You guys have been asking for information on cloned meat, so here you go:
The Economist: “IF YOU have ever longed for a meat substitute that smelt and tasted like the real thing, but did not involve killing an animal, then your order could be ready soon. Researchers believe it will soon be possible to grow cultured meat in quantities large enough to offer the meat industry an alternative source of supply.” (This article refers to the use of stem cell technology.) A Meaty Question Sep. 23, 2006
New Scientist: “Cloning livestock promises to bring us better food, but will anyone eat it? Cloning endangered species is an option only if the animal concerned has a closely related farmyard counterpart to supply eggs and act as a surrogate. And cloning pets is just for the sentimental with more money than biological understanding.” A sporting chance, August 27, 2005
Lots more inside.
Congressional Quarterly: “Livestock farmers and animal breeders champion cloning as a cheaper alternative to conventional breeding. The technique is no different, they argue, than any other sort of breeding — and could well result in safer food products, since it allows for greater control over disease factors in clone subjects.Consumer and food-safety advocates say the technique is anything but safe: It’s been shown to create serious genetic defects, and too little is known about other health effects for the FDA to green-light widespread animal cloning.” Critter Copies, Nov 11, 2006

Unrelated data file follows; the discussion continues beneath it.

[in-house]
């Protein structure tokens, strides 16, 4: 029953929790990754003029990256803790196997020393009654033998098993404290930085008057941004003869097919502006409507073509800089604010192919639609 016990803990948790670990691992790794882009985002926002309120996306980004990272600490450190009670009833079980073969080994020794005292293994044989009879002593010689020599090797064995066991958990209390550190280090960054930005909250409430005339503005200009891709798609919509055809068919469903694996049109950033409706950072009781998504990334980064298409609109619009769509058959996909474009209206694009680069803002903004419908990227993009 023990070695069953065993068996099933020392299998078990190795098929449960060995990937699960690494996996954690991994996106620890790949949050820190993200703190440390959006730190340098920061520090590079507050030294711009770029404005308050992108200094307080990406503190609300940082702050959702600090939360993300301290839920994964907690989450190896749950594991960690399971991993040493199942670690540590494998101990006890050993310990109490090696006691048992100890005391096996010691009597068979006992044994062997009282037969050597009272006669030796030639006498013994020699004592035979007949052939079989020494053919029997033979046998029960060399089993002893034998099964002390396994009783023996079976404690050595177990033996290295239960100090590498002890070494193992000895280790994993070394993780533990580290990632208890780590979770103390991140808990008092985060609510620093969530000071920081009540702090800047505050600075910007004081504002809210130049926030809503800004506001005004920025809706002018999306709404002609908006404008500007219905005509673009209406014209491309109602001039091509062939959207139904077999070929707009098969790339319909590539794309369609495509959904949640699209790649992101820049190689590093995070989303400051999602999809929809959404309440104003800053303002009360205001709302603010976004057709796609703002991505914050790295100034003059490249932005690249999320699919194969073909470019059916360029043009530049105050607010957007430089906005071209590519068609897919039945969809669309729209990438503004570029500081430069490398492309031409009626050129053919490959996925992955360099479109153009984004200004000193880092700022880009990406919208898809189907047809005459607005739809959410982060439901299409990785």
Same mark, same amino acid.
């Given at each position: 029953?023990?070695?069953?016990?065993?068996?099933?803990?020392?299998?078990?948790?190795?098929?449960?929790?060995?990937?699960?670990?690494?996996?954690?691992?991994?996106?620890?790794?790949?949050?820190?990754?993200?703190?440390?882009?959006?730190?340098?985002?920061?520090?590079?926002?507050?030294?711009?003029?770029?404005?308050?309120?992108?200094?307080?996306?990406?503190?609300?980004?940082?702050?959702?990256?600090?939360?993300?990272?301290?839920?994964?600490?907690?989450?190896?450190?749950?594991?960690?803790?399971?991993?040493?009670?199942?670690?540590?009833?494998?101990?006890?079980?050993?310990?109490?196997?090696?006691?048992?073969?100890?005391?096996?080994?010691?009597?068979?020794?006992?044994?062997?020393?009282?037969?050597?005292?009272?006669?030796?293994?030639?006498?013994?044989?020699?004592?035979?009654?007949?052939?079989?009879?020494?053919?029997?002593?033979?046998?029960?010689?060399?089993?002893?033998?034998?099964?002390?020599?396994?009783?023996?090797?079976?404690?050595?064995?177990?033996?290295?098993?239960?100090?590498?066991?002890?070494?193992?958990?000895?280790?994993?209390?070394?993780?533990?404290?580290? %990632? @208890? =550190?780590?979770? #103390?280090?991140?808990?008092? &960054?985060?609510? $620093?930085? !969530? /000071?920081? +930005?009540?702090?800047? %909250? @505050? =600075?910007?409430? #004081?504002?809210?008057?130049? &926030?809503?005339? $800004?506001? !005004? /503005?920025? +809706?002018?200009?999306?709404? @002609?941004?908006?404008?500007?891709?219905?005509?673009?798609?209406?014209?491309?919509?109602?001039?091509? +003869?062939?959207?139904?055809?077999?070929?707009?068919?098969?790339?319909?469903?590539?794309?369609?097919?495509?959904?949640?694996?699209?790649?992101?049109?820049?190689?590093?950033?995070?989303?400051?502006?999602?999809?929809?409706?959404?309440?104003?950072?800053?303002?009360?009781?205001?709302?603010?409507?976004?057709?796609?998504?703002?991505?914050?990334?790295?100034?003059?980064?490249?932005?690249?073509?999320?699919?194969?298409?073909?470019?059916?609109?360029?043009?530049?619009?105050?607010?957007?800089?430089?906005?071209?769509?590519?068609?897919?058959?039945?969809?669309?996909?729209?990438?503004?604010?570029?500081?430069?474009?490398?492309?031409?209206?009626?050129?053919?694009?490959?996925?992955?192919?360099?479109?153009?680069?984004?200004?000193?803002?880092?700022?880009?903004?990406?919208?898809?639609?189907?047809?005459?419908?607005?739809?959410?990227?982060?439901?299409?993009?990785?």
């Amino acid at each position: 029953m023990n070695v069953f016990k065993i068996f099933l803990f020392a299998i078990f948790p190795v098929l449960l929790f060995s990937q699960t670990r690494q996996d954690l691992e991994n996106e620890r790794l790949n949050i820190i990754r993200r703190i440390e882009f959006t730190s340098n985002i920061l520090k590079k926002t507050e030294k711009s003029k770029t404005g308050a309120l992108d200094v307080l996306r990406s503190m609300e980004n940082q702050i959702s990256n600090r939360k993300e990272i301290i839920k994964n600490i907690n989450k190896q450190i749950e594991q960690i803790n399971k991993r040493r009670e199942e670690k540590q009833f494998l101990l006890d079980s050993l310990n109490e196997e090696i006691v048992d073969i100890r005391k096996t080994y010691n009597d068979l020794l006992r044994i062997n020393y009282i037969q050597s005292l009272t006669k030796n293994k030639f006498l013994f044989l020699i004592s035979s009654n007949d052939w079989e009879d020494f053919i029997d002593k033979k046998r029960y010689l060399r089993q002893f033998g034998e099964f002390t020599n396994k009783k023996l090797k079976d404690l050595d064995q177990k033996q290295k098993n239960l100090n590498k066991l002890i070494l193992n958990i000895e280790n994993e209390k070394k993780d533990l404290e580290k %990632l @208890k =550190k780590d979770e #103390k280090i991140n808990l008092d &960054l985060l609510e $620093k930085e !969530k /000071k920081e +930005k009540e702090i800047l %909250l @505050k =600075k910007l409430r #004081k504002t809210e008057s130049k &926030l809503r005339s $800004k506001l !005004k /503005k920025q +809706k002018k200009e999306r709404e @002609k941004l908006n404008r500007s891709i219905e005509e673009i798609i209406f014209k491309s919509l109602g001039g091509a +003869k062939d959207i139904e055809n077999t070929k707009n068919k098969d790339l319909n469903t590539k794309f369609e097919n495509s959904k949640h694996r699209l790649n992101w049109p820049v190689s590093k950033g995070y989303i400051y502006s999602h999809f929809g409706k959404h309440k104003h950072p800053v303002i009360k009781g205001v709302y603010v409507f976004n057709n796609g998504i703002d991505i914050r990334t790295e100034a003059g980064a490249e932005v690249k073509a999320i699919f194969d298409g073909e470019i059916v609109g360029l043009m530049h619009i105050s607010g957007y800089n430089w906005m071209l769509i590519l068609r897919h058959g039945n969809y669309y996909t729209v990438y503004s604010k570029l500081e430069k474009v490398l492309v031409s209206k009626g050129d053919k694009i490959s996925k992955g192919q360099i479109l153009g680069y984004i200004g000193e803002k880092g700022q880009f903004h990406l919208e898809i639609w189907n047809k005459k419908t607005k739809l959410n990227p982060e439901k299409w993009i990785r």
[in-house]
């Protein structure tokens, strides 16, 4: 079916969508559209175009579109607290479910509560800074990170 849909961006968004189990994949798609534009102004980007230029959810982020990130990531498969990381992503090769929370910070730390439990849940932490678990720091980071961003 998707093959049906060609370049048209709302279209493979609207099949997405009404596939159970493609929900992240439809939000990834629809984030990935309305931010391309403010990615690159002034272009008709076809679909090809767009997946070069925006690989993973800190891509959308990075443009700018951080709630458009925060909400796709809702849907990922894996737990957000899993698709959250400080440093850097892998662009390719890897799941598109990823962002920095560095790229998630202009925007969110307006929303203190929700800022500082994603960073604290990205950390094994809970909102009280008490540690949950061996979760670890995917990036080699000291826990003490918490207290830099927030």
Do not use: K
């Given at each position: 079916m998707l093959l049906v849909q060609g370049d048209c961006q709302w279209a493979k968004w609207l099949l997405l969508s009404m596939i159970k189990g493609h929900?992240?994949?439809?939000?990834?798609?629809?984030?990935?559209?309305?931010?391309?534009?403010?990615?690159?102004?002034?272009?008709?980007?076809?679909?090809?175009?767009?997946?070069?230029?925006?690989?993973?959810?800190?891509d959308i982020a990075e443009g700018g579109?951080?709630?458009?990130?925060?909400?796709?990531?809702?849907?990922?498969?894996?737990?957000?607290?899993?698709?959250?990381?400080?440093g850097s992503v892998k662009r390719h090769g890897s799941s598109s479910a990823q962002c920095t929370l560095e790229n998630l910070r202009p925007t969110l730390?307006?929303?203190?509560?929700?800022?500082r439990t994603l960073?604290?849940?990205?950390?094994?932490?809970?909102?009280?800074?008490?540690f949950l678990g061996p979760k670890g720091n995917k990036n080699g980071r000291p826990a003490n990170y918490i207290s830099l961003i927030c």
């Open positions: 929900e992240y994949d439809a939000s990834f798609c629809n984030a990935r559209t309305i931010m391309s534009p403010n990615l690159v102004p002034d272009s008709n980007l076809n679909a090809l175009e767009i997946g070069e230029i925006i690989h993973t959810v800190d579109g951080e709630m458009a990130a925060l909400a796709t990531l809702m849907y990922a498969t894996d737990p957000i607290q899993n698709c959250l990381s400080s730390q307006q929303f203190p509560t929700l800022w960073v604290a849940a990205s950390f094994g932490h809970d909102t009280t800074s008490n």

Associated Press: “Cloning is the creation of an animal from the DNA of a single parent to create an offspring genetically identical to the parent.
“This seems to be one of the things where technology seems to drop something in the lap of the food companies,” Ruland said in a recent interview. “It’s not driven by the market or any benefit to the consumer.”Dairy industry treading cautiously on cloned cows July 8, 2005
CNNMoney: “The report concluded “that animal cloning is as safe as other assisted reproductive technologies,” said Dr. Stephen F. Sundlof, director of FDA’s Center for Veterinary Medicine.”Almost all food will come from sexually produced offspring of the animals and not from the clones,” said Sundlof.Cloned animals are used primarily for breeding which can help create stocks with increased resistance to disease or with superior meat quality, said Sundlof.” FDA gives nod to cloned meat, milk safety, Dec. 28, 2006
It seems that the main objections are moral (cloning seems “wrong” to some people.) The plus side for farmers is that they can replicate a cow after they’ve seen how it tastes. Also to take into consideration is the fact that with cloning approved, there’s really nothing to stop them (except technology) from growing meat in a vat like the Economist article says. Should vat meat need a label? It’s up to you guys. Is Soylent Green vat meat? —MEGHANN MARCO
CORRECTION: From the FDA FAQ: “FDA is not recommending any additional measures relating to food derived from adult clones and their offspring, including labeling.” Since the FDA specifies “adult” clones, we’re assuming they’re not yet ruling on the issue of cloning stem cells for vat meat. Vat meat may still be Soylent Green, however…